The scene was the last scene after a very long day for the cast and crew. It was a night shoot, the day had started around 3PM, and it was now about 4AM. In a few hours, the sun would be coming up, which meant, like it or not, the filming was over.

The scene was one where Moriarty, playing the con, tries to prove to the cops, played by Roundtree and Carradine, that he can control the bird. He cannot. The bird comes down, takes a swipe at him, he ducks at hits the ground, the cops shoot at the bird. Pretty straight forward. Once again, the helicopter shot the birds POV, and would be called in to “swoop down”.

This time, we had lots of police with us. They, too, had worked a long day, and like everyone else, they were looking forward to going home.

The helicopter comes in, swoops just like it’s supposed to, and takes off. The “cops” shoot at it. All good, right? Uh, no. Michael Moriarty doesn’t duck. The scene is no good and we have to shoot again. Paul Kurta calls in the helicopter. Again, it swoops. Again, the “cops” shoot.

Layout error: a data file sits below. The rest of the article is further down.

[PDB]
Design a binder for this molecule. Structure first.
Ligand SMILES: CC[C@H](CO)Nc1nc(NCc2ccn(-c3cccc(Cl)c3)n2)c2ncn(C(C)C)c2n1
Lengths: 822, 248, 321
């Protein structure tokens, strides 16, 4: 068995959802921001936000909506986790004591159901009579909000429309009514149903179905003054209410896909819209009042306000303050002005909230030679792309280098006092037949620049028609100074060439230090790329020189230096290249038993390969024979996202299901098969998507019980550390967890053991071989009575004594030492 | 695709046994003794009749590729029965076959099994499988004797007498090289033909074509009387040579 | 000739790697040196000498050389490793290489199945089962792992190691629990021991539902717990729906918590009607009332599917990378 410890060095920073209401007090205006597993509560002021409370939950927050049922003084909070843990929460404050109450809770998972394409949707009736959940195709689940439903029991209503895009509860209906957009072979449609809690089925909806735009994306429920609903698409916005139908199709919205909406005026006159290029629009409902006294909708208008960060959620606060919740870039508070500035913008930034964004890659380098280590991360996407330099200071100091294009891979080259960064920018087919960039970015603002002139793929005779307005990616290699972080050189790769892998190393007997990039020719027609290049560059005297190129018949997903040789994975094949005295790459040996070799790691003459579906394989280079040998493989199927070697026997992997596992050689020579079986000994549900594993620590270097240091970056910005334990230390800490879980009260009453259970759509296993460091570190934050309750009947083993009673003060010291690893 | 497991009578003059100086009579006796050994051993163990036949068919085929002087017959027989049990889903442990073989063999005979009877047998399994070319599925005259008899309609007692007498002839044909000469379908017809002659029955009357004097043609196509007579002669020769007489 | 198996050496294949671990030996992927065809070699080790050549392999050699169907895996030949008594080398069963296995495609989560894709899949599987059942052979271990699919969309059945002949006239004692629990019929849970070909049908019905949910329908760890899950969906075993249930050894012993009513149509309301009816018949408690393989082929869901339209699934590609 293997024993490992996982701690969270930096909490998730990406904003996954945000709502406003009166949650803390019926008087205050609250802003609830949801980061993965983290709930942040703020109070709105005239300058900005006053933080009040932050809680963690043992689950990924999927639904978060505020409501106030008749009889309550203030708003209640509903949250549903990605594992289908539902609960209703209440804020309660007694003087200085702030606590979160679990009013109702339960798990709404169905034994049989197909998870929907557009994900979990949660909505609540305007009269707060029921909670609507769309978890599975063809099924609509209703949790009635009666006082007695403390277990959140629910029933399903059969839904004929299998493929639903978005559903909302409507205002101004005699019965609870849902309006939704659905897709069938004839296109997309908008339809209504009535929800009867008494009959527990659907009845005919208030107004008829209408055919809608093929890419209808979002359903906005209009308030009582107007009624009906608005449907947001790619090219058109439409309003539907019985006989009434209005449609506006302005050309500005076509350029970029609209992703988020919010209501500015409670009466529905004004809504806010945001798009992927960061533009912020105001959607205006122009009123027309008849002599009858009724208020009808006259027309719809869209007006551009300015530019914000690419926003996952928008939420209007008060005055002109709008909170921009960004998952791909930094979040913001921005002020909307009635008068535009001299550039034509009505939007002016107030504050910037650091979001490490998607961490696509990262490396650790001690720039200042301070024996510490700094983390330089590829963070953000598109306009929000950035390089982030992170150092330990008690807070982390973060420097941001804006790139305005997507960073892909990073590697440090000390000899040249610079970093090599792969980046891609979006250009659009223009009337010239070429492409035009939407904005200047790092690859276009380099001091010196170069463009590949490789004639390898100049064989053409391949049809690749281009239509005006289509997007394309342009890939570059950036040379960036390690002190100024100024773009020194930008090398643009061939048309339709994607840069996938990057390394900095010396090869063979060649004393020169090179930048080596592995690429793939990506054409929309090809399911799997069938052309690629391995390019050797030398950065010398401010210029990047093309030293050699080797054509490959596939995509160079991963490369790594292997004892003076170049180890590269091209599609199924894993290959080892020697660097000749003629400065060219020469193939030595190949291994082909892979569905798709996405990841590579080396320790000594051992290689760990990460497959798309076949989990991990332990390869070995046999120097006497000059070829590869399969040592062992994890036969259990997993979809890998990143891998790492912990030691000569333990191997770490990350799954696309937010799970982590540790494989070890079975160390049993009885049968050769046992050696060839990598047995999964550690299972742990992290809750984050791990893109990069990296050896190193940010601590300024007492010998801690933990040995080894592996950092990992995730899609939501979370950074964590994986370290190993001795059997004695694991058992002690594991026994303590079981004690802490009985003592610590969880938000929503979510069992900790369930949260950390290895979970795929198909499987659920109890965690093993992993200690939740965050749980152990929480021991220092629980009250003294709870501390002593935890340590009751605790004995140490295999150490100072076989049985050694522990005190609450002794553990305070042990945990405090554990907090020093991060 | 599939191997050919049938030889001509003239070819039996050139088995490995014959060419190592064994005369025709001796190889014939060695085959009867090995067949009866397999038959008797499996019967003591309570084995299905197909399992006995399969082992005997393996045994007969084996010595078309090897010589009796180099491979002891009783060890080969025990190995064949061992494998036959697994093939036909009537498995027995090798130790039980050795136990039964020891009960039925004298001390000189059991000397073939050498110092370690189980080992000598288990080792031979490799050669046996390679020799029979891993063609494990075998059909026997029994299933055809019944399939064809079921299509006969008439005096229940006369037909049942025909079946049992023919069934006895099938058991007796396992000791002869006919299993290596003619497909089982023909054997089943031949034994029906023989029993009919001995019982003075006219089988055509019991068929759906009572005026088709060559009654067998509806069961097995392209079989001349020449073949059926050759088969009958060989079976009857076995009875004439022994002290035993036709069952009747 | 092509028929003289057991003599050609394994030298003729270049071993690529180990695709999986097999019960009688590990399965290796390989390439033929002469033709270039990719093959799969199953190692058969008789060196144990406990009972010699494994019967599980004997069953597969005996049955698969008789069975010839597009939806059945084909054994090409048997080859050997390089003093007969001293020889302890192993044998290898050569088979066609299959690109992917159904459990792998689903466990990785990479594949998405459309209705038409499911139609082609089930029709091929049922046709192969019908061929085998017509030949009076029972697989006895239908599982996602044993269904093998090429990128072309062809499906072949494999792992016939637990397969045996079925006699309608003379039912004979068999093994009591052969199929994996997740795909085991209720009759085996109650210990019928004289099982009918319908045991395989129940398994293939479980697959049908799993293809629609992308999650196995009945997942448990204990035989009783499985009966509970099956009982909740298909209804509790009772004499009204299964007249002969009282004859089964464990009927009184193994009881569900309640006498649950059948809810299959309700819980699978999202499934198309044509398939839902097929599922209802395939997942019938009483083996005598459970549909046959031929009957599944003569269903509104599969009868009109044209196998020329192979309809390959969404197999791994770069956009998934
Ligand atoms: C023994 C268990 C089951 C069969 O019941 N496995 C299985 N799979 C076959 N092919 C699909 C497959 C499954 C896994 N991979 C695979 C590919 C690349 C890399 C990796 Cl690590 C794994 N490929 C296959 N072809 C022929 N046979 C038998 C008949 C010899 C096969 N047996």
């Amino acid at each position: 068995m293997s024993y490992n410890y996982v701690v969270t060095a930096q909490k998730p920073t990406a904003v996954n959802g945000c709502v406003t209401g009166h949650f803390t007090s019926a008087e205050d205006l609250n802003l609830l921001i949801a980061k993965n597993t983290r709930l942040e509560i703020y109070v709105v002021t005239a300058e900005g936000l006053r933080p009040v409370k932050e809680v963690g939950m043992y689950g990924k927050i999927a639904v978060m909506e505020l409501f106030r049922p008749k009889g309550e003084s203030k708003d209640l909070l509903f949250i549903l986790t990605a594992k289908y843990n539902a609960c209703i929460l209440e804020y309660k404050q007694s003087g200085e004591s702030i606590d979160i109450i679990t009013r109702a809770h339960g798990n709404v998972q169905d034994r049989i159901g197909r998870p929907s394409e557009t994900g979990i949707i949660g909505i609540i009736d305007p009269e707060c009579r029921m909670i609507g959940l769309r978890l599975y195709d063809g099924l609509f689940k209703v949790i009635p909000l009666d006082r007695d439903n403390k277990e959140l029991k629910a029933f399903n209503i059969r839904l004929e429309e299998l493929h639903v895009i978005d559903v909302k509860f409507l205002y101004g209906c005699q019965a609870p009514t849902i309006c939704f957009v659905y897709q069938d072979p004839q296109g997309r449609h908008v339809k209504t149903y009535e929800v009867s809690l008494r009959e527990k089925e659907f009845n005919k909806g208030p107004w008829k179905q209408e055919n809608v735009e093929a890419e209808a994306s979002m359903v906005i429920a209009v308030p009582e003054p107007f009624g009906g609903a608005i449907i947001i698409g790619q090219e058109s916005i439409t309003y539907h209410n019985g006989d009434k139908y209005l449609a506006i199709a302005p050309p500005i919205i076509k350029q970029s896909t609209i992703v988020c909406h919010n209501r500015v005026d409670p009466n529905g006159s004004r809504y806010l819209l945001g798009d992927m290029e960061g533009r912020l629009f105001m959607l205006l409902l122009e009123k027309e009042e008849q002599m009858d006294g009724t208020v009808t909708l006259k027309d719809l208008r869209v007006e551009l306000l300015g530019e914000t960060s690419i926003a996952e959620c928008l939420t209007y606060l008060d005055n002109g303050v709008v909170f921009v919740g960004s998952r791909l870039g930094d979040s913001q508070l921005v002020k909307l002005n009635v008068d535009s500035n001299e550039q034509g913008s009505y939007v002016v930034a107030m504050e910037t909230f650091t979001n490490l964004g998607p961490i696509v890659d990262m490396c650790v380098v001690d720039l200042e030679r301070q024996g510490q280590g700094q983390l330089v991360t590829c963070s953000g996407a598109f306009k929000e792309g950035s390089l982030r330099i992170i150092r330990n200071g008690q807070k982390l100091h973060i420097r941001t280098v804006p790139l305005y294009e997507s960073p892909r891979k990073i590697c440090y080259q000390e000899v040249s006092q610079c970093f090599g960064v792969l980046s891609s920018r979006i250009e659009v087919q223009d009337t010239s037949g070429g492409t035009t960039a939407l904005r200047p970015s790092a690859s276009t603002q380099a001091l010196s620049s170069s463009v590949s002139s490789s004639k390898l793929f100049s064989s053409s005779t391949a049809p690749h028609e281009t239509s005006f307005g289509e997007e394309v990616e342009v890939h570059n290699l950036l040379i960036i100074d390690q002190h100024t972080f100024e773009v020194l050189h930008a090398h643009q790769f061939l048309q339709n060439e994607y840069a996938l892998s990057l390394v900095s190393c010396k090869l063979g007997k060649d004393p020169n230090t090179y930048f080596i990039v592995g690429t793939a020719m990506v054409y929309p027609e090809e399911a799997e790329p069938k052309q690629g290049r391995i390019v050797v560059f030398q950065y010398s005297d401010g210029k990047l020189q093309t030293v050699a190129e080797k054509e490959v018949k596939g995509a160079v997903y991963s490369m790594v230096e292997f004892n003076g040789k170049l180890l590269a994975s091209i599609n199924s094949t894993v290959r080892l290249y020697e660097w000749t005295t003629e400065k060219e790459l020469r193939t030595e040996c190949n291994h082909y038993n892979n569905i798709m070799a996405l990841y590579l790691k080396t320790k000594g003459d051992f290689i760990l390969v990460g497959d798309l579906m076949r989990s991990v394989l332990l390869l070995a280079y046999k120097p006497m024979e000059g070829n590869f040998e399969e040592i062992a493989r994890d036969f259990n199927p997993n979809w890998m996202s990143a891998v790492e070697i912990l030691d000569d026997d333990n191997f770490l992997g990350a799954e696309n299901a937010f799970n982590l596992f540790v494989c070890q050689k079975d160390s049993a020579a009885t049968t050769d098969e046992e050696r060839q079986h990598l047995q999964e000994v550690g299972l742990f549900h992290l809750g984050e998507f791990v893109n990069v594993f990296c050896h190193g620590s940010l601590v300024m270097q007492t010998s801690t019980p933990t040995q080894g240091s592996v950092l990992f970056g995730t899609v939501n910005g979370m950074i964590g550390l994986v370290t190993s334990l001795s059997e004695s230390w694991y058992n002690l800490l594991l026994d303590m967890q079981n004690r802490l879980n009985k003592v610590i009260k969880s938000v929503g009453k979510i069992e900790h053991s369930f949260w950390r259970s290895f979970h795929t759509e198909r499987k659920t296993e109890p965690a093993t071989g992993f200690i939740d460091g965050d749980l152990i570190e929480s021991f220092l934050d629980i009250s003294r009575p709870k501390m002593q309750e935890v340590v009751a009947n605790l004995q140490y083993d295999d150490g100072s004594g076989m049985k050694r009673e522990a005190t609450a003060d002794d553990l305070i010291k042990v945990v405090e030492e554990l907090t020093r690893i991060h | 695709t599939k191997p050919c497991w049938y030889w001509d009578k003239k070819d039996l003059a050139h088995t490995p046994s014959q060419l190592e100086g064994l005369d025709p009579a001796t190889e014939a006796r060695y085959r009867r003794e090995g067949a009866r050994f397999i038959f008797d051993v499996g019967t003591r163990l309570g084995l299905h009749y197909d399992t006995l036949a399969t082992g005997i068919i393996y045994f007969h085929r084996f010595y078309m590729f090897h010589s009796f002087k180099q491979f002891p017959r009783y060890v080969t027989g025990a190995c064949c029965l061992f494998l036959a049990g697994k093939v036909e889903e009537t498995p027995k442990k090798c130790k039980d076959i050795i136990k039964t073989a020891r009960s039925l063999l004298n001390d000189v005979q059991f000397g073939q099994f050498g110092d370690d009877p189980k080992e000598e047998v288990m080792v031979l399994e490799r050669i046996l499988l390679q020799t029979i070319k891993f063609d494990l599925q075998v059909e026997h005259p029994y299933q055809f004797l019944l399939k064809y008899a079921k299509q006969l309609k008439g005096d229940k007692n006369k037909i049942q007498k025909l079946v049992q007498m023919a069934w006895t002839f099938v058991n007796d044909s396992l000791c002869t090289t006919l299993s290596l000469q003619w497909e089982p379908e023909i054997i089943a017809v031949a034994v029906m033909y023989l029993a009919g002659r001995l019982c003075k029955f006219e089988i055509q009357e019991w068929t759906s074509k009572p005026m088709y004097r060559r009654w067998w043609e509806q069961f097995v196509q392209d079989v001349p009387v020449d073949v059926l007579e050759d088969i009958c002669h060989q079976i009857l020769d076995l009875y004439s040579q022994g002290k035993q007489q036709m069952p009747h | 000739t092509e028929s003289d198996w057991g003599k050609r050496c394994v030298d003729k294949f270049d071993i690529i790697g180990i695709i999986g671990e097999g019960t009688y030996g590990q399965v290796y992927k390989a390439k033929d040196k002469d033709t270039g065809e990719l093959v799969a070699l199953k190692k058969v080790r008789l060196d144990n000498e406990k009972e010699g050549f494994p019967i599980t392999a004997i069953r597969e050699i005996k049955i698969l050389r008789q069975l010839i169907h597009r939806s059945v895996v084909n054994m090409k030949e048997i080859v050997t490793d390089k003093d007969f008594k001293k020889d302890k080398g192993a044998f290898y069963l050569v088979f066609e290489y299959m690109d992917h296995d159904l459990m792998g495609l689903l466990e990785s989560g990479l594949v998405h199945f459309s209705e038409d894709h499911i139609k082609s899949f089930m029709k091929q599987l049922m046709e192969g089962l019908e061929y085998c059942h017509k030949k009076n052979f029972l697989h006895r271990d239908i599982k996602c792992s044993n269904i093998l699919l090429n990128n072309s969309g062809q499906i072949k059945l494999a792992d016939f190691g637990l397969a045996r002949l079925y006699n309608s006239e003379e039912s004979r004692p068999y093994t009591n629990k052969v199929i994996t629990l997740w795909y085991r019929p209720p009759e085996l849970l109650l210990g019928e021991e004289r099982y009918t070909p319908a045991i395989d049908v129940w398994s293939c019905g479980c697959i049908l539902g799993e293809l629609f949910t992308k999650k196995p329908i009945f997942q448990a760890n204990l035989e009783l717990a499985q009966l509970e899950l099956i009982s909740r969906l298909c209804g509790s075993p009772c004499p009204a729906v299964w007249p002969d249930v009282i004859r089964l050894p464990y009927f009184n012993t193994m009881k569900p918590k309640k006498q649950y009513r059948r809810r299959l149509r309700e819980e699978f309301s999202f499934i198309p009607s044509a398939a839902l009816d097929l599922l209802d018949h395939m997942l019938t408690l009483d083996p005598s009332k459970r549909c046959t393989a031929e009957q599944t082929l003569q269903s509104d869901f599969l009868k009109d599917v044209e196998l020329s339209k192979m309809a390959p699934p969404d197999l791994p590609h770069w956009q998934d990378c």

Again, Michael doesn’t duck.

Larry Cohen walks up to Michael and asks him if there is a problem. As serious as he can be, Michael says he doesn’t understand his motivation for ducking.

Crew members who hear this are torn between containing their laughter, and being pissed they still have to be out there. Kurta and Cohen are worried that daylight will come, and we will lose the shot. Al Cerillo, one of the best helicopter pilots around and certainly the best in NY for years, is shouting “what’s going on” to Kurta on the walkie.

David Carradine puts down his prop rifle. He walks over to Moriarty, walks him away from Cohen, and puts his arm around him. It’s so wonderful to see an actor coming to the aid of a fellow actor.

“Michael,” he asks, “if a bird with a 20 foot wingspan was hovering over your head and reaching down to grab you, wouldn’t you fucking duck!” To make his point clearer, he grabbed Michael by the collar and began shaking him.

Actor to actor, Michael seemed to come to a newfound understanding of the scene. We barely got it in the next time around.

Oh, don’t look for the scene in the movie. It was cut.